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But if there was a White House conspiracy to cover up the truth, Republicans have yet to produce any evidence of it — much less a connection to Ms. Rice, who had no involvement with the Benghazi attack other than those television appearances.
Nor was her account of what happened as far off the mark as Republicans claim. Though investigations are not complete, what has emerged so far suggests that the attack was staged by local jihadists, not ordered by the al-Qaeda leadership in Pakistan. Officials believe that it was inspired in part by demonstrations that took place that day in Cairo. That is not so far from Ms. Rice’s explanation that “this began as a spontaneous . . . response to what transpired in Cairo.” Republicans claim that Ms. Rice “propagated a falsehood” that the attacks were connected to an anti-Islam YouTube video. How then to explain the contemporaneous reports from Western news organizations quoting people at the burning consulate saying that they were angry about the video? [see Election-Year Stakes Overshadow Nuances of Benghazi Investigation - NYTimes.com]
The oddity of the Republican response to what happened in Benghazi is partly this focus on half-baked conspiracy theories rather than on the real evidence of failures by the State Department, Pentagon and CIA in protecting the Benghazi mission. What’s even stranger is the singling out of Ms. Rice, a Rhodes scholar and seasoned policymaker who, whatever her failings, is no one’s fool.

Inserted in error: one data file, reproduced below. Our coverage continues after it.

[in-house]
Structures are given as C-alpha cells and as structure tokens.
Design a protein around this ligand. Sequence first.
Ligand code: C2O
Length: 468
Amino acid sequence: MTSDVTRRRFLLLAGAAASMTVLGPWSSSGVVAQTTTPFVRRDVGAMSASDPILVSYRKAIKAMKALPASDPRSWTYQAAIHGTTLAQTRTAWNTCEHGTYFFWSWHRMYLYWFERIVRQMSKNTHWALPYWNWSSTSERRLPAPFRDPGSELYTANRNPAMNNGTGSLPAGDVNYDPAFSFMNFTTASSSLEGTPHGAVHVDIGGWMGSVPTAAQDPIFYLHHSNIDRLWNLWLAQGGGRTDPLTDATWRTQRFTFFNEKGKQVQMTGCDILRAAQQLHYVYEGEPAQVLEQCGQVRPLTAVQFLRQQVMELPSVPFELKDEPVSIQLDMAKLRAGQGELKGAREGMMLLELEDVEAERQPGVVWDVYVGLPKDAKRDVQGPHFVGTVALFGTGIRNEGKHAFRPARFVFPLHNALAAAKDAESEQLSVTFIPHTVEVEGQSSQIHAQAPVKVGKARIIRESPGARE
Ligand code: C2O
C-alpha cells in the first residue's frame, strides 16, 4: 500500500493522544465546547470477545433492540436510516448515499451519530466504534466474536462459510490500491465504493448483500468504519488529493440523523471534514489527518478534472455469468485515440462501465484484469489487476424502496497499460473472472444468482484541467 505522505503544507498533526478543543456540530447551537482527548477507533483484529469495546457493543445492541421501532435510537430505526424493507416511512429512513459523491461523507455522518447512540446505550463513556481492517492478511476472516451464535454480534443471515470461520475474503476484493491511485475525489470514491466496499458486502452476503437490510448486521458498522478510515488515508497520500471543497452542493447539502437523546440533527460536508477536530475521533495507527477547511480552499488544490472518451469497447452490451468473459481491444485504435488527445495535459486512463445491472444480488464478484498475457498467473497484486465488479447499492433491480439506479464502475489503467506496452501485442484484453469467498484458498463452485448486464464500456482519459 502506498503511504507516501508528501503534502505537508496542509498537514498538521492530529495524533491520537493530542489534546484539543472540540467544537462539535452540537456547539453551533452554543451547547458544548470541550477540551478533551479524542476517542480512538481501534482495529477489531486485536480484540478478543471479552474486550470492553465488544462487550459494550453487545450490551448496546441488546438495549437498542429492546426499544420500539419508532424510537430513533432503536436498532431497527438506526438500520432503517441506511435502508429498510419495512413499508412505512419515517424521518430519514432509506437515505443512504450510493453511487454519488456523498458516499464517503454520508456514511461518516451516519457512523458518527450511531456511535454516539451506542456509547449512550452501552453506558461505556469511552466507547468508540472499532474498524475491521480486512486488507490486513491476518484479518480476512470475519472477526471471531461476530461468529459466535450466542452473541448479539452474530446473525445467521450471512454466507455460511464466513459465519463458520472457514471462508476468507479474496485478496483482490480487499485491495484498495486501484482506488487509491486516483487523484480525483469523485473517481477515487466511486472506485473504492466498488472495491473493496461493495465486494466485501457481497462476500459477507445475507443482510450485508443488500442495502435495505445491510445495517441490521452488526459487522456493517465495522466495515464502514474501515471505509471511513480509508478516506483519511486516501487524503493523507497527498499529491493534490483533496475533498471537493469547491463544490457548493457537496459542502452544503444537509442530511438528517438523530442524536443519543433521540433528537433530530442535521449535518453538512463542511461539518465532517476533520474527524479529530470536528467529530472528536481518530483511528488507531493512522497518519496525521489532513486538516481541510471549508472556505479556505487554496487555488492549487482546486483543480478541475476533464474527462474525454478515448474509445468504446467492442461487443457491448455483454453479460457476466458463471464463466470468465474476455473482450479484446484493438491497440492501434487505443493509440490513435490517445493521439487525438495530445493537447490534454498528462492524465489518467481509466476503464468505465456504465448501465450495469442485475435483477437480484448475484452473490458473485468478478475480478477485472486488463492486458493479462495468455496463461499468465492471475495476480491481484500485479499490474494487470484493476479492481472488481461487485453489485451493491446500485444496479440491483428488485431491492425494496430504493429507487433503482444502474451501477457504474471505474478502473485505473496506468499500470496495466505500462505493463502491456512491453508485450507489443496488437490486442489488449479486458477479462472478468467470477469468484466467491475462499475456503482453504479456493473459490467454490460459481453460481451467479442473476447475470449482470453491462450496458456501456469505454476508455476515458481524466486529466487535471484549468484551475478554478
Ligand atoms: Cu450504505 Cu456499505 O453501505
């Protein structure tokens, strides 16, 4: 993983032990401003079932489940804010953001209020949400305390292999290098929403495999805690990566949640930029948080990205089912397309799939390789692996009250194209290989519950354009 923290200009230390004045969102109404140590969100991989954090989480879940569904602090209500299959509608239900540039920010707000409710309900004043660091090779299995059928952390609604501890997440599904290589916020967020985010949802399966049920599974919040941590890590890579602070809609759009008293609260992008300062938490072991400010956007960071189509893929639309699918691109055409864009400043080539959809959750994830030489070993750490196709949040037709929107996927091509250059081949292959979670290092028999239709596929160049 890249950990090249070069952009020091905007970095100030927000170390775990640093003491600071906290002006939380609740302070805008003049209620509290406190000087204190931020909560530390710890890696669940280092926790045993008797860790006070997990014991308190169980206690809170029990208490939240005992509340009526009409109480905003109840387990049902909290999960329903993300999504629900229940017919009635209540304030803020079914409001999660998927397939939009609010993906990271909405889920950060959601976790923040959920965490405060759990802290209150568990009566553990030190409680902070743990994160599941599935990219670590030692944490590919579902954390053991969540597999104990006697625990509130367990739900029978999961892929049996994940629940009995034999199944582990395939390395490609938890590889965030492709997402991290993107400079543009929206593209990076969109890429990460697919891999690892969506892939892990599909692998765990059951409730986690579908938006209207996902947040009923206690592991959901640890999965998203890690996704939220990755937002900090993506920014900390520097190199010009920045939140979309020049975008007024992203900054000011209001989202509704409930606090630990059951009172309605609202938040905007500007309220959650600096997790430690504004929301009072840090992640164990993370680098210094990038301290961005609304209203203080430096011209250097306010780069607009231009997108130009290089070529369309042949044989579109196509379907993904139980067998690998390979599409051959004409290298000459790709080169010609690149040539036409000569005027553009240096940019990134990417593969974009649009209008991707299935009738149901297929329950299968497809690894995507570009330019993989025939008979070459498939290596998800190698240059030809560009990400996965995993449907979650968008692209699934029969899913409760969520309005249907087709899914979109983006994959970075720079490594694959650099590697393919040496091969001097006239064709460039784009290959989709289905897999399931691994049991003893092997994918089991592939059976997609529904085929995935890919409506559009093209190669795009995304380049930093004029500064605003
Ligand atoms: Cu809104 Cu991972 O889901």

Could it be, as members of the Congressional Black Caucus are charging [see Dozen House women angrily defend Rice on Libya, suggest GOP attack racist, sexist], that the signatories of the letter are targeting Ms. Rice because she is an African American woman? The signatories deny that, and we can’t know their hearts. What we do know is that more than 80 of the signatories are white males, and nearly half are from states of the former Confederacy. You’d think that before launching their broadside, members of Congress would have taken care not to propagate any falsehoods of their own.